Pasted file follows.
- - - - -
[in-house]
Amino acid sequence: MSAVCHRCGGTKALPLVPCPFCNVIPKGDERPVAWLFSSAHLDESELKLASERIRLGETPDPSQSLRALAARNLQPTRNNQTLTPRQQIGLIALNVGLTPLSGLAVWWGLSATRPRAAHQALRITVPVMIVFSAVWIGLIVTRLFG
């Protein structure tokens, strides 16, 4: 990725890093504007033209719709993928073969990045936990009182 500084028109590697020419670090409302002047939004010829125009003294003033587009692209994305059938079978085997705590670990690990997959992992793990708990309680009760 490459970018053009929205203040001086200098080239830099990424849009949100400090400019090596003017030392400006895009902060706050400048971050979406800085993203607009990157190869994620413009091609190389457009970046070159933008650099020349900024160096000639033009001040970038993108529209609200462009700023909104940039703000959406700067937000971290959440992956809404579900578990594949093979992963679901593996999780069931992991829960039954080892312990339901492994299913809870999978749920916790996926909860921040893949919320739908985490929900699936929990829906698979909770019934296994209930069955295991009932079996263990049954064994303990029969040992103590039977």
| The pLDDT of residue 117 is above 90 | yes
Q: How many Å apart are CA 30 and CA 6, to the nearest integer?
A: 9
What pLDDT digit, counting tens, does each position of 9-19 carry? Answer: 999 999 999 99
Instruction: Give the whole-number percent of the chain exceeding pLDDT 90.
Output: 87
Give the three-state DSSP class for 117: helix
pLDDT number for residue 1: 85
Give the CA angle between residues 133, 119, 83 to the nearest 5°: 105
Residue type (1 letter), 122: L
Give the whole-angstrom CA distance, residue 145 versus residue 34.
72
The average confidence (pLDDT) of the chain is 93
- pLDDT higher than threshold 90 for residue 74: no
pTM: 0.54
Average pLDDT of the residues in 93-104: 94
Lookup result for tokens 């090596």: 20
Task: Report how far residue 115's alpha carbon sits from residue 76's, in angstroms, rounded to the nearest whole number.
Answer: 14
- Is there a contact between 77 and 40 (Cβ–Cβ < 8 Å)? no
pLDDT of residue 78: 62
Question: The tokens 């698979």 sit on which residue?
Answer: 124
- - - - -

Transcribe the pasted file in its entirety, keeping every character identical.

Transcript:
[in-house]
Amino acid sequence: MSAVCHRCGGTKALPLVPCPFCNVIPKGDERPVAWLFSSAHLDESELKLASERIRLGETPDPSQSLRALAARNLQPTRNNQTLTPRQQIGLIALNVGLTPLSGLAVWWGLSATRPRAAHQALRITVPVMIVFSAVWIGLIVTRLFG
């Protein structure tokens, strides 16, 4: 990725890093504007033209719709993928073969990045936990009182 500084028109590697020419670090409302002047939004010829125009003294003033587009692209994305059938079978085997705590670990690990997959992992793990708990309680009760 490459970018053009929205203040001086200098080239830099990424849009949100400090400019090596003017030392400006895009902060706050400048971050979406800085993203607009990157190869994620413009091609190389457009970046070159933008650099020349900024160096000639033009001040970038993108529209609200462009700023909104940039703000959406700067937000971290959440992956809404579900578990594949093979992963679901593996999780069931992991829960039954080892312990339901492994299913809870999978749920916790996926909860921040893949919320739908985490929900699936929990829906698979909770019934296994209930069955295991009932079996263990049954064994303990029969040992103590039977």
| The pLDDT of residue 117 is above 90 | yes
Q: How many Å apart are CA 30 and CA 6, to the nearest integer?
A: 9
What pLDDT digit, counting tens, does each position of 9-19 carry? Answer: 999 999 999 99
Instruction: Give the whole-number percent of the chain exceeding pLDDT 90.
Output: 87
Give the three-state DSSP class for 117: helix
pLDDT number for residue 1: 85
Give the CA angle between residues 133, 119, 83 to the nearest 5°: 105
Residue type (1 letter), 122: L
Give the whole-angstrom CA distance, residue 145 versus residue 34.
72
The average confidence (pLDDT) of the chain is 93
- pLDDT higher than threshold 90 for residue 74: no
pTM: 0.54
Average pLDDT of the residues in 93-104: 94
Lookup result for tokens 């090596």: 20
Task: Report how far residue 115's alpha carbon sits from residue 76's, in angstroms, rounded to the nearest whole number.
Answer: 14
- Is there a contact between 77 and 40 (Cβ–Cβ < 8 Å)? no
pLDDT of residue 78: 62
Question: The tokens 């698979």 sit on which residue?
Answer: 124